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Resources for Writers

Finding Your Writing Process by Ally Carter

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Article by Ally Carter ©.
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What’s the best process to use when writing a book?

It’s incredibly important that I say this up front and often: Every writer has a different process. In fact, every book has a different process! There’s no one way to do this, so if someone ever tells you “this is the best way to write a book,” turn around and run because that person is mistaken.

I know writers who write meticulous outlines that are almost as long as their books. And I know writers who sit down and go and don’t look back. I know writers who rewrite and tweak and perfect every paragraph before they move on to the next one. And I know writers who don’t even glance back until they’ve got a whole draft down. I know writers who write longhand or type single-spaced or do an entire draft with “Track Changes” on, just to trick themselves into thinking they’re doing a rewrite and not a first draft.

Writers are always looking for a shortcut, a scheme, a plan, a strategy, so that this time it will be easy. But it’s never easy. And we know that. Still, we keep playing mind games with ourselves – anything that helps to get us to The End.

Pretty much every writer I know has tried a bunch of different things. Some of them work. Some of them don’t. But we keep trying anyway because, as we say in this business, you never really learn to write a book; you just learn to write the book you’re writing right now.

So there is no one way to do this.

What’s your process? Are you a plotter or a pantser? I am very much a plotter. But I also like to surprise myself, so I often dismiss the first thing that comes to mind for a twist, knowing that that’s the first thing a reader will think as well. You want to surprise your readers, which is very hard to do. You really have to work at it, which means rewriting the ending many, many times until it works.

Do you write bits, then put them all together, or do you start at the beginning and write through to the end? This is another one of those things that is going to vary a lot, depending on who you talk to. I know writers who might write the last chapter before they write the first. Then they might move on to chapter 17 or 14, or 40. They just write the scenes as they come, and that process works for them. Which is totally valid. You have one job, and that’s to find the process that works for you.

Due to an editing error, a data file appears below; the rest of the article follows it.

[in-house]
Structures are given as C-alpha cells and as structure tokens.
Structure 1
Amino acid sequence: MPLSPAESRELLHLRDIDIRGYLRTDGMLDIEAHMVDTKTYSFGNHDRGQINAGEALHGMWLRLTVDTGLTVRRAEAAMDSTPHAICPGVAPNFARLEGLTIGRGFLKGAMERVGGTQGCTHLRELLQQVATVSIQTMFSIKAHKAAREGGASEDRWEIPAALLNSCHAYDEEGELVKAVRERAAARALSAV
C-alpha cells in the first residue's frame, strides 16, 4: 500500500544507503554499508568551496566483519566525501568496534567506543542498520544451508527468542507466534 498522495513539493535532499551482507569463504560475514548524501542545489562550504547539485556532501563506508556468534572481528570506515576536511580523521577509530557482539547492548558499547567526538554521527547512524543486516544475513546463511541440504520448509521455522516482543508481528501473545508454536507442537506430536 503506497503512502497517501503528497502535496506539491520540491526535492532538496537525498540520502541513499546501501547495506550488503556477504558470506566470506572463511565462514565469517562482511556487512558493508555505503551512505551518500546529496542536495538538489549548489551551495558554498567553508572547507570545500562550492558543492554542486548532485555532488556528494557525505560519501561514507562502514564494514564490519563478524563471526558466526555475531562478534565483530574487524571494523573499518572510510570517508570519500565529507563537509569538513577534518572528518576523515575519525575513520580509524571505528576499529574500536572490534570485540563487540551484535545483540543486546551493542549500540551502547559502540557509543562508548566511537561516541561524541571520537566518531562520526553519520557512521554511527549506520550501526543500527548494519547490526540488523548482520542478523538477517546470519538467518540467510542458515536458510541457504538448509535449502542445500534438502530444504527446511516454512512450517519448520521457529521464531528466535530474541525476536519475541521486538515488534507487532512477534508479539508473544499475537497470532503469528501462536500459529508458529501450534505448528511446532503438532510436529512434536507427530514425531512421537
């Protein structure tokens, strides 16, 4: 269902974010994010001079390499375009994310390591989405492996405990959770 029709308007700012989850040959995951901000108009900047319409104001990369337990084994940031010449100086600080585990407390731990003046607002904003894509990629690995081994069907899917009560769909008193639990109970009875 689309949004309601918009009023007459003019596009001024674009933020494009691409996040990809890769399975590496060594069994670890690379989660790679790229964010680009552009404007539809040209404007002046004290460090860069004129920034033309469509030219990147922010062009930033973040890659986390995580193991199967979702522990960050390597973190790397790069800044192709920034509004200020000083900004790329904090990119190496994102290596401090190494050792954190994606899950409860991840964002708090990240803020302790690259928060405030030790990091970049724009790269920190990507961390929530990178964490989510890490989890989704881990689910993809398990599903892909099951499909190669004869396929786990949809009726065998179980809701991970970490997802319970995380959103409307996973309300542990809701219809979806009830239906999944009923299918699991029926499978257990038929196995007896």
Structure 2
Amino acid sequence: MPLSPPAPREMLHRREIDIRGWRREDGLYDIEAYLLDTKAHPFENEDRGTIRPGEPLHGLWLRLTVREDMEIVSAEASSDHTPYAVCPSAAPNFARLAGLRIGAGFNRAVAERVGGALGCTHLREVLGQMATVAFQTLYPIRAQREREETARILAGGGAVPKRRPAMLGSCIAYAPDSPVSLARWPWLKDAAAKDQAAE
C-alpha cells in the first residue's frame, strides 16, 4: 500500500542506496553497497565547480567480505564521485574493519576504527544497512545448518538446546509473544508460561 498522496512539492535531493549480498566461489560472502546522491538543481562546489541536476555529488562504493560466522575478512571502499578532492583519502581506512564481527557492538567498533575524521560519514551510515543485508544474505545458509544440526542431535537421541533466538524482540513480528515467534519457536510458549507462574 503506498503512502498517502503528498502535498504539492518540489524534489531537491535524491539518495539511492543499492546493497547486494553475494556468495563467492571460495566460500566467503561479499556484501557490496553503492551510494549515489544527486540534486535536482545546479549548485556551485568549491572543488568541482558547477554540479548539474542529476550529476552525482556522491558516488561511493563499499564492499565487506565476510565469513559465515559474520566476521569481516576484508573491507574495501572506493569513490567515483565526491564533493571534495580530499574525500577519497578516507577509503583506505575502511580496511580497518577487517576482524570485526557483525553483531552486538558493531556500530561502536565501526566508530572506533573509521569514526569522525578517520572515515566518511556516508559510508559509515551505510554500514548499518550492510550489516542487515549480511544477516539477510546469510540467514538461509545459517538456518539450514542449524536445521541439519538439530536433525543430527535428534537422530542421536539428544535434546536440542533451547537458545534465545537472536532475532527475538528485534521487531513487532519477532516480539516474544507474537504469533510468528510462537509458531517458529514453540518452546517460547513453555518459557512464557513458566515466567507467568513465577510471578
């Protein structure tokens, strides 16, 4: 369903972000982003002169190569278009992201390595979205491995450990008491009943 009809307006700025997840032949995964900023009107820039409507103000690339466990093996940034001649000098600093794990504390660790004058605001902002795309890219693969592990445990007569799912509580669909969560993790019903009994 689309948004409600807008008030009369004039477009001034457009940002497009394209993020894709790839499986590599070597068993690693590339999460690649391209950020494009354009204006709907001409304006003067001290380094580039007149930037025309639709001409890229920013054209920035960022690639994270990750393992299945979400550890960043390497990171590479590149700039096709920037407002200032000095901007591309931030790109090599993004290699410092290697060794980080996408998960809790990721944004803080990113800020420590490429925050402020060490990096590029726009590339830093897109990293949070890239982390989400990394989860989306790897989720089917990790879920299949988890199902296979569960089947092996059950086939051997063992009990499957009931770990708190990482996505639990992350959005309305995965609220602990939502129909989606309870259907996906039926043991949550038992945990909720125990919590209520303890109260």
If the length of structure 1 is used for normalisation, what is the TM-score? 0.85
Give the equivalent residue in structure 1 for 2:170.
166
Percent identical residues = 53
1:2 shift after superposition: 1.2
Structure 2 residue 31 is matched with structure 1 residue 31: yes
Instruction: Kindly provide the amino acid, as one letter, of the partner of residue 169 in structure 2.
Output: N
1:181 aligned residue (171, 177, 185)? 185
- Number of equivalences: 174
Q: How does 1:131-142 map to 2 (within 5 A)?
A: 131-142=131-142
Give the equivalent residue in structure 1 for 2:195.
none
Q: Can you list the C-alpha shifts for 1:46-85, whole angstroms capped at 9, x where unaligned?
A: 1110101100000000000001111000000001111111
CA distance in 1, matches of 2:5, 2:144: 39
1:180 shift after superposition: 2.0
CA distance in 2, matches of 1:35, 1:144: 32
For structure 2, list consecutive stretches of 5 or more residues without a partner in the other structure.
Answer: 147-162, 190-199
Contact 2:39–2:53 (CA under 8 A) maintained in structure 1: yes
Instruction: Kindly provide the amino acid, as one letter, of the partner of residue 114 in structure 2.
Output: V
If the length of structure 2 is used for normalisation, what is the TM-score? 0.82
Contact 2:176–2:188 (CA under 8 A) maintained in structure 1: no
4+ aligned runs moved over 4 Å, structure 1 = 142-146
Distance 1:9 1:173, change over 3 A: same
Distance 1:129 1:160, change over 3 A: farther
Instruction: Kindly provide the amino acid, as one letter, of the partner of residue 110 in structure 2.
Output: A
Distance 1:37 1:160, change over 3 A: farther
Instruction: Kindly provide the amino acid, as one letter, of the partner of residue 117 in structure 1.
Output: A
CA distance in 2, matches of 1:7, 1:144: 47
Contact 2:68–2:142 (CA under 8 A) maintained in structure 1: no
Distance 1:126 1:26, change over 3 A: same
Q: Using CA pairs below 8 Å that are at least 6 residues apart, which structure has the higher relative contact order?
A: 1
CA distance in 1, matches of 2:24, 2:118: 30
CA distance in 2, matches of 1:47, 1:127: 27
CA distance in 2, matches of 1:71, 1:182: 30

But I’m the kind of writer who needs to start at the beginning and write until I hit The End. Always. I can’t even revise out of order. Every single draft starts at page one and goes through to the end.

There are a lot of reasons why this works for me. First, because that’s what feels natural. And a big part of this business is finding your groove and then sticking with it. The other thing I like about writing in order is that no matter how much planning and plotting I might do, I’m always surprised when I start writing. Always. And that’s a good thing! (After all, if the author is surprised by a plot twist, the reader probably will be, too!) So I can’t jump around if I don’t know exactly where I’m going.

It’s also important to remember that you’re not just writing a plot. You’re also writing characters. And characters have emotions and relationships and ups and downs, and those things are fluid, constantly changing – those things have to be consistent from one scene to the next, and writing in order is the best way I know to put myself in the frame of mind my characters were in in the last scene – to have just written it.

Maybe that’s not the case for you. Maybe writing out of order is going to be your process. But I do want to offer one word of caution. When I have the urge to write out of order, it’s usually because there are scenes I’m just not very excited to write, so I want to skip them. Because they’re boring. But boring scenes don’t need to be skipped. Boring scenes need to be cut or fixed. There’s no room in this business for “filler”, so if you’ve got scenes you’re not very excited to write, think about why that is and ask yourself if that also means no one will be excited to read them. But maybe you’re skipping around because that’s just the way your brain – and your process – works. And honestly, you won’t know until you try. So keep trying!

(c) Ally Carter

About Dear Ally, How Do I Write a Book?:

Problem plot lines? Character chaos? Ask Ally! The definitive guide to writing from one of teen fiction’s best-loved authors.

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Ally Carter writes books about spies, thieves, and teenagers. She is the New York Times Best-selling author of Heist Society, Uncommon Criminals, and the popular Gallagher Girls series, including I'd Tell You I Love You but Then I'd Have to Kill You, Cross My Heart and Hope to Spy, Don't Judge a Girl by Her Cover, and Only the Good Spy Young. She lives in the Midwest where her life is either very ordinary or the best deep-cover legend ever. She'd tell you more, but...well...you know...